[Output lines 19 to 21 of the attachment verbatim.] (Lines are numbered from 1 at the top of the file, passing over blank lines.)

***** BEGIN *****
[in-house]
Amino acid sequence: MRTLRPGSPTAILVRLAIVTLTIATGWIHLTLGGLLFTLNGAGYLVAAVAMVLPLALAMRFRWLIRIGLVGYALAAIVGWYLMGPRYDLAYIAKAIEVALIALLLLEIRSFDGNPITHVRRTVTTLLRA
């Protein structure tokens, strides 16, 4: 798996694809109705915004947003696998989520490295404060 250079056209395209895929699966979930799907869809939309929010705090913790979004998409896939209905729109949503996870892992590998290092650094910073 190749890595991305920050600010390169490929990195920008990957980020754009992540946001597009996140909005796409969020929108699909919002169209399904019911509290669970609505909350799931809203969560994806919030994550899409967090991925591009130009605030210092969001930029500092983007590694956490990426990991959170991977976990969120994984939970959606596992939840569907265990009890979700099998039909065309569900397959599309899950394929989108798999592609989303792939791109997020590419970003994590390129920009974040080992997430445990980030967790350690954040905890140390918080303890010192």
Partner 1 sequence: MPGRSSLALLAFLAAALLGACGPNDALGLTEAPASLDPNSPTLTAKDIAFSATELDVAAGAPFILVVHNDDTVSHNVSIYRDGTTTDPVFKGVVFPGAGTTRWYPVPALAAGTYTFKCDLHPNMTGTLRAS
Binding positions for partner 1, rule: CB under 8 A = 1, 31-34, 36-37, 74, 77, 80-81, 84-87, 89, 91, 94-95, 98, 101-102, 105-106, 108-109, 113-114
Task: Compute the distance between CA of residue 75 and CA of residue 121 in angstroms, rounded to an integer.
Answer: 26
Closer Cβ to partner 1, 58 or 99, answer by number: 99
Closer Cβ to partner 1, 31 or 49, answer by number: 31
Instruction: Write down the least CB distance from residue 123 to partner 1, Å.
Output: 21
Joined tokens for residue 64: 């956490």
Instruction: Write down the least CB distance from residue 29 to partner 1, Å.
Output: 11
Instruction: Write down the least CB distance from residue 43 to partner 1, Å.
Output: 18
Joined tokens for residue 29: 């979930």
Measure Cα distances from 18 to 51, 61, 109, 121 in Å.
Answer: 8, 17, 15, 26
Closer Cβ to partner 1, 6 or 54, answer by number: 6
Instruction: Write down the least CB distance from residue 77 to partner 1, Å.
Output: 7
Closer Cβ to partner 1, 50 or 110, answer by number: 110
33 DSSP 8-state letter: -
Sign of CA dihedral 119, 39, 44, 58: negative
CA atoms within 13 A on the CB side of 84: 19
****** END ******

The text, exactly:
Answer: 8, 17, 15, 26
Closer Cβ to partner 1, 6 or 54, answer by number: 6
Instruction: Write down the least CB distance from residue 77 to partner 1, Å.